As Canada’s five major banks announced prime-rate reduction for mortgages, Ontario’s largest credit union stepped up to deliver a cut of its own.
Meridian Credit Union announced that it lowered its five-year fixed closed mortgage rate to 2.99 per cent, a move they’re calling the best mortgage rate on the market today comparative to the major five banks.
Bill Whyte, chief member services officer for Meridian, expects the competitive rate will help members realize their dreams of obtaining a mortgage while saving thousands in interest, which could help them pay their homes off faster.
“Lowering our mortgage rates is just one step in helping our Members feel confident about their financial futures,” explained Whyte in a recent release.
He added that Meridian’s 20/20 repayment program allows members to pay down up to 20 per cent of the original principal balance per year without penalty and can be done at any time during the year.
Members can also increase their monthly payment up to 20 per cent of your original payment plan each year.
The rate change is yet another variation of the Bank of Canada’s cut a couple weeks ago as RBC Canada, BMO and others set their rate at 2.85 per cent.
The Bank of Canada lowered its overnight rate by 25 basis points and the banks have all lowered their prime rates by 15 basis points. It took the banks almost a week after the central bank lowered its overnight rate to slash their own prime rates.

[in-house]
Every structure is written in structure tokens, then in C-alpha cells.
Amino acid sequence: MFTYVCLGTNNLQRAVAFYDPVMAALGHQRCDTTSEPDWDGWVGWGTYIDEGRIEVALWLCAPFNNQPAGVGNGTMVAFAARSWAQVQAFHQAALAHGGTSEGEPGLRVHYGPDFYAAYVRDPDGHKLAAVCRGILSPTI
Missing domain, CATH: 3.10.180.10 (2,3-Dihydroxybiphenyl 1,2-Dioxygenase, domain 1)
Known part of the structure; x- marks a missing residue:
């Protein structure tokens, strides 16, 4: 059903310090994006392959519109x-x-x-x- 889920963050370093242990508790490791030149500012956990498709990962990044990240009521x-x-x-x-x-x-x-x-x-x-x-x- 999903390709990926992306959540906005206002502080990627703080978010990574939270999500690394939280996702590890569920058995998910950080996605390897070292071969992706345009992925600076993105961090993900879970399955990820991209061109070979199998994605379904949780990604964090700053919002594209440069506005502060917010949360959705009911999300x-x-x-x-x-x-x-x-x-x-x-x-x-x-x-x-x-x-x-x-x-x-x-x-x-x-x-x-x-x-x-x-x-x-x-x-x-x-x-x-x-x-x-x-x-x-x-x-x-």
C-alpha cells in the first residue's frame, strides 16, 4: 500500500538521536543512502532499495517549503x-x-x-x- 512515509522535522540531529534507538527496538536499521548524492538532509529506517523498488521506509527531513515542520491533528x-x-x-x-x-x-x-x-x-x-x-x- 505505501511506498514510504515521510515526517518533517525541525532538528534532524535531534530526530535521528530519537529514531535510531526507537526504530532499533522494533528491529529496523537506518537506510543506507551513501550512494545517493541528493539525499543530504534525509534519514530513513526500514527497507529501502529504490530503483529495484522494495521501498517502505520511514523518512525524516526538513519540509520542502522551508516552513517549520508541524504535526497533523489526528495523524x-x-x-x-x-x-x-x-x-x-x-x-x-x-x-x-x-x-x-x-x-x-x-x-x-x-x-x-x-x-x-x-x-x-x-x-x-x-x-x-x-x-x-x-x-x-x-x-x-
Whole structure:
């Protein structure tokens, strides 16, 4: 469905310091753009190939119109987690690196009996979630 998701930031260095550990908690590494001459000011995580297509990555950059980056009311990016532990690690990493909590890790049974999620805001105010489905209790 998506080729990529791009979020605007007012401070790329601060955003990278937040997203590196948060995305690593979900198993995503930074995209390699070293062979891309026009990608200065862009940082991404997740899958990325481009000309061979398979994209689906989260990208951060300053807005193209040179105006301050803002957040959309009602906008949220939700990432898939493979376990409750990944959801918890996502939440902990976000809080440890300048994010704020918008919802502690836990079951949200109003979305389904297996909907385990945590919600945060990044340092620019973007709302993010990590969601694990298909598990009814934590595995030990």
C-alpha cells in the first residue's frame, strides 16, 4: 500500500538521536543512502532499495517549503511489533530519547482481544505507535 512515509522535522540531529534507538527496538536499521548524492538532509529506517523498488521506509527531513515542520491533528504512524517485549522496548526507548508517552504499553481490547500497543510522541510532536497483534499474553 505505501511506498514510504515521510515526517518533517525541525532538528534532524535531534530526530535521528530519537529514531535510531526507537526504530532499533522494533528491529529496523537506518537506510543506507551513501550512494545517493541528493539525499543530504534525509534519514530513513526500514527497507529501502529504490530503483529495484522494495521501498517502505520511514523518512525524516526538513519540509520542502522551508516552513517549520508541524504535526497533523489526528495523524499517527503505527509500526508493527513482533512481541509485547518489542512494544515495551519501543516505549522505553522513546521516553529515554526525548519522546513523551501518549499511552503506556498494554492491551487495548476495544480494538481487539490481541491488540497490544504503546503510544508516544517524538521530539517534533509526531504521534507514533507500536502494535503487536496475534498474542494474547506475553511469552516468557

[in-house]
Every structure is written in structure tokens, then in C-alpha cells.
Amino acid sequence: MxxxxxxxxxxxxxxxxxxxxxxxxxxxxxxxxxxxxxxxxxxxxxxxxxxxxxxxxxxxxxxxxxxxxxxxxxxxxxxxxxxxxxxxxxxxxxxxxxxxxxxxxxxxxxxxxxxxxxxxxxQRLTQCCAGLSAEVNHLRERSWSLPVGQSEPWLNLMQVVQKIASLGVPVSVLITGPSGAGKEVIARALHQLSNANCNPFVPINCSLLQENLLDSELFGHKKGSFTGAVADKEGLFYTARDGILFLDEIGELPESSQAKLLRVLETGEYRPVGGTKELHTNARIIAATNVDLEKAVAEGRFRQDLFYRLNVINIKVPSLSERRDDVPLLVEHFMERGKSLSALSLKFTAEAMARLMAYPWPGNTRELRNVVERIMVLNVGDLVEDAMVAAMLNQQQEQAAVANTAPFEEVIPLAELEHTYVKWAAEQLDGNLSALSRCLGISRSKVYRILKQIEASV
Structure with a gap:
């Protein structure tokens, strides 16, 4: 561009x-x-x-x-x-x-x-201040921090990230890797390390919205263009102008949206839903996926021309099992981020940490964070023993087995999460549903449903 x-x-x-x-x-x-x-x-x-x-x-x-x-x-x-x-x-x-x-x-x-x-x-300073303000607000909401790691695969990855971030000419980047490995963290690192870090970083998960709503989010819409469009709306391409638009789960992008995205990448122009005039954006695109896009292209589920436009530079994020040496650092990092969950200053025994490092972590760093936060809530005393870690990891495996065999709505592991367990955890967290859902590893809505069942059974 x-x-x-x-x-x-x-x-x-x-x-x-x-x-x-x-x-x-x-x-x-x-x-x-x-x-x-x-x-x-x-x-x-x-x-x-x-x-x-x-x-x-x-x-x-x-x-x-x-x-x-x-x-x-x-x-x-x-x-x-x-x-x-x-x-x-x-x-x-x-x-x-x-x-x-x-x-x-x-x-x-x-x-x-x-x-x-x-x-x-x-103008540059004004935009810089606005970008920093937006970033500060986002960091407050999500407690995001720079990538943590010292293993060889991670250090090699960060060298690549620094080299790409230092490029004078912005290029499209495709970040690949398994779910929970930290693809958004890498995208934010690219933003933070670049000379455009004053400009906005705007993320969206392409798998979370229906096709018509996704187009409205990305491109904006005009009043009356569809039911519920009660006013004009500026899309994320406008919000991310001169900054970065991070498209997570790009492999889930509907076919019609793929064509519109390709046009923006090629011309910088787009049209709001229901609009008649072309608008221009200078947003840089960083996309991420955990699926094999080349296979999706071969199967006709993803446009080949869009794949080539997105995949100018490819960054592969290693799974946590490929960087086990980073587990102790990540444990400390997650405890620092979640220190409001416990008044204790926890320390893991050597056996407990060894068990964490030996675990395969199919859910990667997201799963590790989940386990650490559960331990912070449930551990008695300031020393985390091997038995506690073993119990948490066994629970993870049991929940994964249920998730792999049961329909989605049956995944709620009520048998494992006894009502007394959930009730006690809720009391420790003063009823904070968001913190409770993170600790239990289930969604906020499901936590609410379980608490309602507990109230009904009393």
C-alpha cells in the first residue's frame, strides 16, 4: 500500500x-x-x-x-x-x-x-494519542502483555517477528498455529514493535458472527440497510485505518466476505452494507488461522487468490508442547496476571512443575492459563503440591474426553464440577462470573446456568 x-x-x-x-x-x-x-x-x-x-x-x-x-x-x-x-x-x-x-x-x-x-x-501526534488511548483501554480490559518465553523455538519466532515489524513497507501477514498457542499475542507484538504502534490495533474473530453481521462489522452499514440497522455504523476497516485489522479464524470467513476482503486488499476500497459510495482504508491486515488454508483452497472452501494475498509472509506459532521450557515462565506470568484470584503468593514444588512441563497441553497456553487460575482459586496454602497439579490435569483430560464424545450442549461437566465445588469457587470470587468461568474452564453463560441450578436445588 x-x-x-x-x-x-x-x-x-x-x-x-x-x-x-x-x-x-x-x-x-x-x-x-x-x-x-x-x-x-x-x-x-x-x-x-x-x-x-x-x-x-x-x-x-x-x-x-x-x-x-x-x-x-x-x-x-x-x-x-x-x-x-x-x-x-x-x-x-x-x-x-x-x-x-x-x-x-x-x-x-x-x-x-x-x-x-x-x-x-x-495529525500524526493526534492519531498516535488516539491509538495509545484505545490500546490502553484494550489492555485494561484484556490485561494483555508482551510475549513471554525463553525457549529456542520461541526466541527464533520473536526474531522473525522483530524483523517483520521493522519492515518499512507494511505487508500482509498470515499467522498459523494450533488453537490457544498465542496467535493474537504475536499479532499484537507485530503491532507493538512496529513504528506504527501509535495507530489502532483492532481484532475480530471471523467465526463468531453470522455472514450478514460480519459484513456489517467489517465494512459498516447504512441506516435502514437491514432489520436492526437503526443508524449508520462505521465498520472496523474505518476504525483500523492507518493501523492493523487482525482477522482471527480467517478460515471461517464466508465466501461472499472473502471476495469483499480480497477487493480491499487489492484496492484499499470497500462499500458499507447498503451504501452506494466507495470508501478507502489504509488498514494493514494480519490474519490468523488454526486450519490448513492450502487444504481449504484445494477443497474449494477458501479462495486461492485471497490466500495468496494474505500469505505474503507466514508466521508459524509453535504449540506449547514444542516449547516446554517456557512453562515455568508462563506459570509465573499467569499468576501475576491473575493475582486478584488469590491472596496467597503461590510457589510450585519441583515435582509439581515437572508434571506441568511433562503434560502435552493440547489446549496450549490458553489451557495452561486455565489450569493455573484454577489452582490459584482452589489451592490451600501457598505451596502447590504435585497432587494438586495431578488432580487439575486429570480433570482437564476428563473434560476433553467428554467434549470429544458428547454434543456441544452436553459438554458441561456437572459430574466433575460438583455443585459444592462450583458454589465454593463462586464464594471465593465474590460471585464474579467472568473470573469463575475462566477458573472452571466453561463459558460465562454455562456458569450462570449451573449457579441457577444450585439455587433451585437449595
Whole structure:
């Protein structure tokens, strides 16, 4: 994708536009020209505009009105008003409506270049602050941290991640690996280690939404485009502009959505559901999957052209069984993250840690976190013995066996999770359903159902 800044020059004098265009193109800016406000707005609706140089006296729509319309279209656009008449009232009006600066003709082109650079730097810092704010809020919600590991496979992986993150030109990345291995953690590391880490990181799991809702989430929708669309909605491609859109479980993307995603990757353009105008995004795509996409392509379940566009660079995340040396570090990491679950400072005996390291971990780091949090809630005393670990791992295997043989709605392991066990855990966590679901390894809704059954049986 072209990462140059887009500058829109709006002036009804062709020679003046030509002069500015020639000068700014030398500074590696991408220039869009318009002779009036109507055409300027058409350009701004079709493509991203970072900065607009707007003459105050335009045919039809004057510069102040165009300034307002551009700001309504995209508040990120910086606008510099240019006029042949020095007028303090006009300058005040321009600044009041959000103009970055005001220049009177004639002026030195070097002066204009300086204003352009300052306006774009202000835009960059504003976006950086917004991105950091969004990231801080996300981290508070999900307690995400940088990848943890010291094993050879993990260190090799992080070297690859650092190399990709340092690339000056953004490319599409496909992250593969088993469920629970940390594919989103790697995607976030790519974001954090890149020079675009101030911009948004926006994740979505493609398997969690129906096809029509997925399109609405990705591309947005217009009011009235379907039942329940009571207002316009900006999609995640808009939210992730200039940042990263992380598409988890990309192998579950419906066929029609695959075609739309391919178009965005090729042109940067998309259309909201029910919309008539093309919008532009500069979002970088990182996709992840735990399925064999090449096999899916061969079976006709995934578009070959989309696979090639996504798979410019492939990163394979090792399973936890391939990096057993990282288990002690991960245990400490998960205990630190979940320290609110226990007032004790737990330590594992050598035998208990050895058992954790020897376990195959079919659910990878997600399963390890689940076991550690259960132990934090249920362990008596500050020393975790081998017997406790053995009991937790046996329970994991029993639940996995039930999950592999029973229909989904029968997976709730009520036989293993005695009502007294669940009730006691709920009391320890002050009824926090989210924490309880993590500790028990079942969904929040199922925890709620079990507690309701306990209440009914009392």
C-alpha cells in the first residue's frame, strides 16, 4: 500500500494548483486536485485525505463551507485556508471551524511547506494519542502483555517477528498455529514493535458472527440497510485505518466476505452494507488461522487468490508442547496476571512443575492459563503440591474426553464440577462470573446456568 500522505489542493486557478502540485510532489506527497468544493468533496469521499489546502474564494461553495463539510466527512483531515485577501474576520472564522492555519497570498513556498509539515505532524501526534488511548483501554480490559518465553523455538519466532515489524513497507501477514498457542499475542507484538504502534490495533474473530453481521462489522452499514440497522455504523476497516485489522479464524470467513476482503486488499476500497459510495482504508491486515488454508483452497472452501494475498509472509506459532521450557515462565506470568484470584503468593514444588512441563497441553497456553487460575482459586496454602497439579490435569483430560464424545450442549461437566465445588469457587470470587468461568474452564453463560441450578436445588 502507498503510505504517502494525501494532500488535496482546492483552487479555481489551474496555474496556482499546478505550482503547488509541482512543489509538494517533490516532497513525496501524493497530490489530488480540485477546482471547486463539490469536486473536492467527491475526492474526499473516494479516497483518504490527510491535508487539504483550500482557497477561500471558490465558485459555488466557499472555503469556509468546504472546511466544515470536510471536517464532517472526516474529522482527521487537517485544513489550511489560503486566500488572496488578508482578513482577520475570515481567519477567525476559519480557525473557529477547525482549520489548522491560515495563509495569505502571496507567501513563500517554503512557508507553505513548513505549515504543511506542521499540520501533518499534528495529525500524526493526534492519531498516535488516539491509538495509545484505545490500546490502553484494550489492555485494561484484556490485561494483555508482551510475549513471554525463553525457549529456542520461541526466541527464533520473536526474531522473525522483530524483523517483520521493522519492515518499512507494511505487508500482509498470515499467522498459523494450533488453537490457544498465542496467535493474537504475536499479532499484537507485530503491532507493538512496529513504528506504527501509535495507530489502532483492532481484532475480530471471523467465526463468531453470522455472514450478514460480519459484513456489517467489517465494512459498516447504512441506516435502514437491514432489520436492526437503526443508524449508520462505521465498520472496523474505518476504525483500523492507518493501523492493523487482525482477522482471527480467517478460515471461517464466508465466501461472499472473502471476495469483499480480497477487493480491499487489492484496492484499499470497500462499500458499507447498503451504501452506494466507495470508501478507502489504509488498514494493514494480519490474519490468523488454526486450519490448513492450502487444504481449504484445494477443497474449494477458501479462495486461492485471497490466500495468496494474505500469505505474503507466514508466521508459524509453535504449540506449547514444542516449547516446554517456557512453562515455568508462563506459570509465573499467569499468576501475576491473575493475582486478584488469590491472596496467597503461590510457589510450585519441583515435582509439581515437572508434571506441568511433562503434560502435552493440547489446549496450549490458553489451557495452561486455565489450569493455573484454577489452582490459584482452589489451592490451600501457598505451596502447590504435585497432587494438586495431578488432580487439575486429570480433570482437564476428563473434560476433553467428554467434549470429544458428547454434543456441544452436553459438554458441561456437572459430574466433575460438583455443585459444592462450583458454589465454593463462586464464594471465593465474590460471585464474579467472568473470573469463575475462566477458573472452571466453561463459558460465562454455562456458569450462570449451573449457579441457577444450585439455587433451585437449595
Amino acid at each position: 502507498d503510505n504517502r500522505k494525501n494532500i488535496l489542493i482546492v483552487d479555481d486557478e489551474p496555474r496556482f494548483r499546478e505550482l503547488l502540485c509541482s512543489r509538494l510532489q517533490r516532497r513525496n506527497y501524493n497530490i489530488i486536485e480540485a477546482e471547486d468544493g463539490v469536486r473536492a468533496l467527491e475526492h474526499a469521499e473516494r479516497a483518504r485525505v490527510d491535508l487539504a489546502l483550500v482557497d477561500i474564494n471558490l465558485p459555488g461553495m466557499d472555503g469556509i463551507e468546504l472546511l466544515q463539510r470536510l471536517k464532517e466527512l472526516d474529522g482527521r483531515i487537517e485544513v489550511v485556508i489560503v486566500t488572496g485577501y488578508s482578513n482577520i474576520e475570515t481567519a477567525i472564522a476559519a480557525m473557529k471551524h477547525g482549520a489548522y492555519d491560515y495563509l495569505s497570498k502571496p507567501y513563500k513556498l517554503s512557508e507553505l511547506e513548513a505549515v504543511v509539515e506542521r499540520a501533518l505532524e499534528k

“The absence of a full prime cut slows the stimulus into the housing market late in the cycle while the negative impact on Canadian bank profitability is dulled by the fact that it is only a partial move,” Robert Sedran, analyst at CIBC World Markets said in a note to clients, according to the Financial Post, recently.
“We’ll see if this balance holds or if another cut in the overnight rate is coming.”
The delay – and the refusal to match the benchmark rate – is viewed by some as a bid to maintain the highest possible profits.
Others, however, think it’s a subtle push-back by the banks that were caught off guard by a central bank that unexpectedly slashed its rate – a move that caught many, including most Canadian economists, off guard.
“For years it was always if the Bank of Canada drops its rate by a quarter point, you’d see prime drop by a quarter point, but I think it really caught everyone by surprise that they actually dropped it because there was talk for the past year that the rate was going to go up and prime was going to increase,” says Al Roberts of Dominion Lending Centres
The Roberts Group.